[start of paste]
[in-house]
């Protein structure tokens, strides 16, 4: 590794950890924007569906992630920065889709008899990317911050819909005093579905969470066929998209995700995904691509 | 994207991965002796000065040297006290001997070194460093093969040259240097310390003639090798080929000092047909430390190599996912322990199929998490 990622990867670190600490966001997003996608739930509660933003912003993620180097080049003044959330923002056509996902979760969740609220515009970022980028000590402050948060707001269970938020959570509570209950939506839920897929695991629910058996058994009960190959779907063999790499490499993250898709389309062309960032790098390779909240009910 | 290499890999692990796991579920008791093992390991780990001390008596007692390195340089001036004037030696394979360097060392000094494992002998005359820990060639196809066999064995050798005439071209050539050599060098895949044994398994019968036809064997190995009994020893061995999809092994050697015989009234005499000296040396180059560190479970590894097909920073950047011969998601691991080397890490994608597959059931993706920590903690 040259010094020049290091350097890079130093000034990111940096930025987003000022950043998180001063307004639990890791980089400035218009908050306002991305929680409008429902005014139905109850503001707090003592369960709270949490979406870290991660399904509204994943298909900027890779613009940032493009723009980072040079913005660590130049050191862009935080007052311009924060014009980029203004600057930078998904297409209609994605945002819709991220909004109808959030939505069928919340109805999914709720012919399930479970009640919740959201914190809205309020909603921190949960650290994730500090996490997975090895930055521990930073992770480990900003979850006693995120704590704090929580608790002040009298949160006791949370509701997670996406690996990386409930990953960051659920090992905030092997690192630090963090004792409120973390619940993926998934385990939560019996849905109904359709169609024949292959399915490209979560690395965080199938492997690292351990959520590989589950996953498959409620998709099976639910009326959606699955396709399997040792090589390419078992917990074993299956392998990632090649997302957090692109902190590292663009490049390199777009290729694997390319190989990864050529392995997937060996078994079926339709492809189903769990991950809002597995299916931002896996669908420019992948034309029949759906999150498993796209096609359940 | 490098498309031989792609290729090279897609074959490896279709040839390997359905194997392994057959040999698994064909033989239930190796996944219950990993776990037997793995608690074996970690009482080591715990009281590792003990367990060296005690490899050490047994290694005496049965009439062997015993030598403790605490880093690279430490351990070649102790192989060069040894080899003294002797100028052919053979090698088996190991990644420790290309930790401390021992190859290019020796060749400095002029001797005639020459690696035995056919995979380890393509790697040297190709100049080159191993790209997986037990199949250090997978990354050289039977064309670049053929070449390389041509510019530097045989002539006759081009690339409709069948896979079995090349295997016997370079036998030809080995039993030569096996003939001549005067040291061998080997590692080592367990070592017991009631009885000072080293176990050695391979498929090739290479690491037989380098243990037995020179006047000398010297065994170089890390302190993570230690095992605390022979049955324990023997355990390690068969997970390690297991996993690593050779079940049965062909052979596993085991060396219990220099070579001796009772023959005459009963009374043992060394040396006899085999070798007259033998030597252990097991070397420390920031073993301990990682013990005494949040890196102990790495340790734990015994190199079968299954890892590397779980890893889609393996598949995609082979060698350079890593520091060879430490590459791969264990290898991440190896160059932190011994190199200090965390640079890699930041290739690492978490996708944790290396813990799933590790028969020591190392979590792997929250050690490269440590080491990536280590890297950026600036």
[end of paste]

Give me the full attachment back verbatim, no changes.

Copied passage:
[in-house]
């Protein structure tokens, strides 16, 4: 590794950890924007569906992630920065889709008899990317911050819909005093579905969470066929998209995700995904691509 | 994207991965002796000065040297006290001997070194460093093969040259240097310390003639090798080929000092047909430390190599996912322990199929998490 990622990867670190600490966001997003996608739930509660933003912003993620180097080049003044959330923002056509996902979760969740609220515009970022980028000590402050948060707001269970938020959570509570209950939506839920897929695991629910058996058994009960190959779907063999790499490499993250898709389309062309960032790098390779909240009910 | 290499890999692990796991579920008791093992390991780990001390008596007692390195340089001036004037030696394979360097060392000094494992002998005359820990060639196809066999064995050798005439071209050539050599060098895949044994398994019968036809064997190995009994020893061995999809092994050697015989009234005499000296040396180059560190479970590894097909920073950047011969998601691991080397890490994608597959059931993706920590903690 040259010094020049290091350097890079130093000034990111940096930025987003000022950043998180001063307004639990890791980089400035218009908050306002991305929680409008429902005014139905109850503001707090003592369960709270949490979406870290991660399904509204994943298909900027890779613009940032493009723009980072040079913005660590130049050191862009935080007052311009924060014009980029203004600057930078998904297409209609994605945002819709991220909004109808959030939505069928919340109805999914709720012919399930479970009640919740959201914190809205309020909603921190949960650290994730500090996490997975090895930055521990930073992770480990900003979850006693995120704590704090929580608790002040009298949160006791949370509701997670996406690996990386409930990953960051659920090992905030092997690192630090963090004792409120973390619940993926998934385990939560019996849905109904359709169609024949292959399915490209979560690395965080199938492997690292351990959520590989589950996953498959409620998709099976639910009326959606699955396709399997040792090589390419078992917990074993299956392998990632090649997302957090692109902190590292663009490049390199777009290729694997390319190989990864050529392995997937060996078994079926339709492809189903769990991950809002597995299916931002896996669908420019992948034309029949759906999150498993796209096609359940 | 490098498309031989792609290729090279897609074959490896279709040839390997359905194997392994057959040999698994064909033989239930190796996944219950990993776990037997793995608690074996970690009482080591715990009281590792003990367990060296005690490899050490047994290694005496049965009439062997015993030598403790605490880093690279430490351990070649102790192989060069040894080899003294002797100028052919053979090698088996190991990644420790290309930790401390021992190859290019020796060749400095002029001797005639020459690696035995056919995979380890393509790697040297190709100049080159191993790209997986037990199949250090997978990354050289039977064309670049053929070449390389041509510019530097045989002539006759081009690339409709069948896979079995090349295997016997370079036998030809080995039993030569096996003939001549005067040291061998080997590692080592367990070592017991009631009885000072080293176990050695391979498929090739290479690491037989380098243990037995020179006047000398010297065994170089890390302190993570230690095992605390022979049955324990023997355990390690068969997970390690297991996993690593050779079940049965062909052979596993085991060396219990220099070579001796009772023959005459009963009374043992060394040396006899085999070798007259033998030597252990097991070397420390920031073993301990990682013990005494949040890196102990790495340790734990015994190199079968299954890892590397779980890893889609393996598949995609082979060698350079890593520091060879430490590459791969264990290898991440190896160059932190011994190199200090965390640079890699930041290739690492978490996708944790290396813990799933590790028969020591190392979590792997929250050690490269440590080491990536280590890297950026600036």